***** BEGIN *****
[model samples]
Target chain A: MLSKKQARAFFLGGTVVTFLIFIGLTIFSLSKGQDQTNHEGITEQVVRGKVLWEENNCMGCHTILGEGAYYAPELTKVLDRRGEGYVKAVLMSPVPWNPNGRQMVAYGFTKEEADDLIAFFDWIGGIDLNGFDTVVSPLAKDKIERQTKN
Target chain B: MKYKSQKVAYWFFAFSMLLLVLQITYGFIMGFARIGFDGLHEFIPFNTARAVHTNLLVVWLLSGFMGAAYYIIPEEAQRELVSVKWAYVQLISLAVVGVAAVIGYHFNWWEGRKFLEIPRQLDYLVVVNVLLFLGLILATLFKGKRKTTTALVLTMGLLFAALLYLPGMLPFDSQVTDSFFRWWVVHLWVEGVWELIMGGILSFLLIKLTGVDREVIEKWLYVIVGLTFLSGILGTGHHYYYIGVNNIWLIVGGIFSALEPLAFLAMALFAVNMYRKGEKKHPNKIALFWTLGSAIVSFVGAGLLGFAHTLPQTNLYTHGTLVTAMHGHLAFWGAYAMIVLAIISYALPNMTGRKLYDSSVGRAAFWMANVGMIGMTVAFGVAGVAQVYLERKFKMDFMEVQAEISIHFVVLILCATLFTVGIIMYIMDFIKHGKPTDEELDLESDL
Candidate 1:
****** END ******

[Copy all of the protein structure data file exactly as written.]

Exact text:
[model samples]
Target chain A: MLSKKQARAFFLGGTVVTFLIFIGLTIFSLSKGQDQTNHEGITEQVVRGKVLWEENNCMGCHTILGEGAYYAPELTKVLDRRGEGYVKAVLMSPVPWNPNGRQMVAYGFTKEEADDLIAFFDWIGGIDLNGFDTVVSPLAKDKIERQTKN
Target chain B: MKYKSQKVAYWFFAFSMLLLVLQITYGFIMGFARIGFDGLHEFIPFNTARAVHTNLLVVWLLSGFMGAAYYIIPEEAQRELVSVKWAYVQLISLAVVGVAAVIGYHFNWWEGRKFLEIPRQLDYLVVVNVLLFLGLILATLFKGKRKTTTALVLTMGLLFAALLYLPGMLPFDSQVTDSFFRWWVVHLWVEGVWELIMGGILSFLLIKLTGVDREVIEKWLYVIVGLTFLSGILGTGHHYYYIGVNNIWLIVGGIFSALEPLAFLAMALFAVNMYRKGEKKHPNKIALFWTLGSAIVSFVGAGLLGFAHTLPQTNLYTHGTLVTAMHGHLAFWGAYAMIVLAIISYALPNMTGRKLYDSSVGRAAFWMANVGMIGMTVAFGVAGVAQVYLERKFKMDFMEVQAEISIHFVVLILCATLFTVGIIMYIMDFIKHGKPTDEELDLESDL
Candidate 1: